I bought my old iPhone in late 2010. Had to traveled all the way to the US to get a good deal since they were stupidly expensive in Europe and simply unavailable in Slovenia.
Back then factory unlocked iPhones weren’t a thing yet. Just like the dark ages, only a select many had access to the best toys.
But buy one I did. Hackers had promised the firmware and OS are already unlocked, they’re just waiting for Apple to release iOS 4 to make sure the bug doesn’t get fixed. Just a week or two and I’d be able to use the phone back home.
The bug got leaked.
I bought the phone a week after a firmware upgrade came out that fixed the unlock bug.
Then the internet decided to just never break that particular firmware. Something about a new iOS coming out anyway with new firmwares and whatnot … they just didn’t bother with this particular version.
Here I was, stuck with a very expensive iPod Touch that could make calls and receive texts on an AT&T network. We don’t have an AT&T network in Slovenia.
It was a huge problem at first. 21st century, can’t even make a phone call or text somebody in a pinch. Can hardly make arrangements with friends because everyone just says “Yeah let’s meet up tomorrow night” and works the details out later.
I couldn’t do that.
I also couldn’t ask for instructions when I got lost, I couldn’t stray far at a busy music festival, I couldn’t leave the group at all when traveling. All those little things everyone takes for granted, I just couldn’t do.
But man was it peaceful.
Phones are super disruptive. Your phone rings, you pick up, and just like that the person on the other end is the most important thing in your universe. Impossible to focus on anything else, they own you.
Usually, though, they don’t have anything that important to say. I’m a programmer, not an ambulance driver. The amount of times somebody needs my full attention Right Now! is infinitesmall.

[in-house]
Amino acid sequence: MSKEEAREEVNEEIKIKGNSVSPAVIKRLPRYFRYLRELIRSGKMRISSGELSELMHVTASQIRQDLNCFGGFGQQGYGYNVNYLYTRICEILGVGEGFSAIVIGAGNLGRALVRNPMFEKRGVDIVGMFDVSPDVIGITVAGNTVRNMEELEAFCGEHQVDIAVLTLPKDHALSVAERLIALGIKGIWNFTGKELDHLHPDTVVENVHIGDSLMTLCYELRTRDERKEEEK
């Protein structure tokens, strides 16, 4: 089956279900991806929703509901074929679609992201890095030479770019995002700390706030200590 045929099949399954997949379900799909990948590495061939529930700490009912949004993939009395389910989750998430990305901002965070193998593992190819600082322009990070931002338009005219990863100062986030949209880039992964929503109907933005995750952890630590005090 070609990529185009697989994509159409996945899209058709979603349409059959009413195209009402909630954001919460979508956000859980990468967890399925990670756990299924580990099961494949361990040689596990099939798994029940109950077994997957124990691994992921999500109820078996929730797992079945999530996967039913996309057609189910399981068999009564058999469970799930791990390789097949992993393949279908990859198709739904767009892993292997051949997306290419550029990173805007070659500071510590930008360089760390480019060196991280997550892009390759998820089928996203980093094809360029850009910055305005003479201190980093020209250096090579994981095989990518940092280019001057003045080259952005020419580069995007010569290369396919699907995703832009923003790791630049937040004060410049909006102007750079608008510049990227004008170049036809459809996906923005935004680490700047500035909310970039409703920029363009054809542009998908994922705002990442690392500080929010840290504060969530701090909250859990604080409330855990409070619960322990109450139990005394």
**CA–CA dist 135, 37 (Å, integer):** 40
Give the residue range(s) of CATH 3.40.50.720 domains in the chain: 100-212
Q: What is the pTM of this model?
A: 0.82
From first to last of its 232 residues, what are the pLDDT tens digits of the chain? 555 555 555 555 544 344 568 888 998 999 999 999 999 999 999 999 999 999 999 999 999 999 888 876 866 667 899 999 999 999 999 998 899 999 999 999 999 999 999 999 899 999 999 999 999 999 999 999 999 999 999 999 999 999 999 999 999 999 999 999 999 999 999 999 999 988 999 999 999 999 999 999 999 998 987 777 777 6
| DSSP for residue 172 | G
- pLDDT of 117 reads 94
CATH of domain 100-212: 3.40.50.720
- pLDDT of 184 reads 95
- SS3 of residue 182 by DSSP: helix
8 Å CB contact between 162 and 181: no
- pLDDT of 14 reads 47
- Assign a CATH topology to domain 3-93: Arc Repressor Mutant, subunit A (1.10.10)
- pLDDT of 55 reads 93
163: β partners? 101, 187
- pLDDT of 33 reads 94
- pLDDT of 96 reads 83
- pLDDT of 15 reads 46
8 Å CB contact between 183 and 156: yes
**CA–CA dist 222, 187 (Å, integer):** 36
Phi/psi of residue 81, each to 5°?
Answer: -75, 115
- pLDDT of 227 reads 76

90% of the things I have to do in life can be handled via email, twitter, or Skype. Asynchronously. Without a fuss.
In Slovenia this worked very well.
The nearly ubiquitous wi-fi coverage in Ljubljana meant people could contact me as soon as I sat down somewhere. I could always look stuff up online by taking a few steps to the nearest wi-fi, and people got used to making concrete plans with me.
Instead of “Yeah let’s go out tomorrow.”, it was “Let’s meet at 8:13pm at so and so”.
This solves two problems:
- People are less likely to flake out
- Concrete plans mean you can concretely plan your day
I like having my day mapped out so I’m not guessing what to do with myself hour to hour.
But I’m in the US now.
All these crazy kids ever do is text each other. Nobody is ever available on Skype or on FB messenger or Twitter or email. Most of them don’t even have a Twitter account!
There’s no wi-fi anywhere either. Or rather, you have wi-fi in random grocery stores, but not in coffee shops. Of the three places I went to in San Francisco last week not one of them had wi-fi.
Must be some new hipster thing. Oooh we’re too cool for wi-fi, we want you to actually talk to the people around you. Humbug.
So this week I got a phone. I’ve been planning a new iPhone for a while, but these crazy Americans broke my resolve and I got a phone number as well.
Unlimited everything for $70 a month.
It’s pretty nifty. Having an internet in your pocket at all times comes handy more often than I thought. I no longer have to plan routes in advance, I don’t have to remember to look things up before stepping out the door, I no longer get angry at coffee shops without wi-fi.
I even have tethering!
But … they wouldn’t let me have a phone with just internet. I have texting as well.
It’s taken three times longer than usual to write this post because I keep texting with a girl instead. Meeting her in SF tomorrow.
We’re figuring the plan out later … sigh
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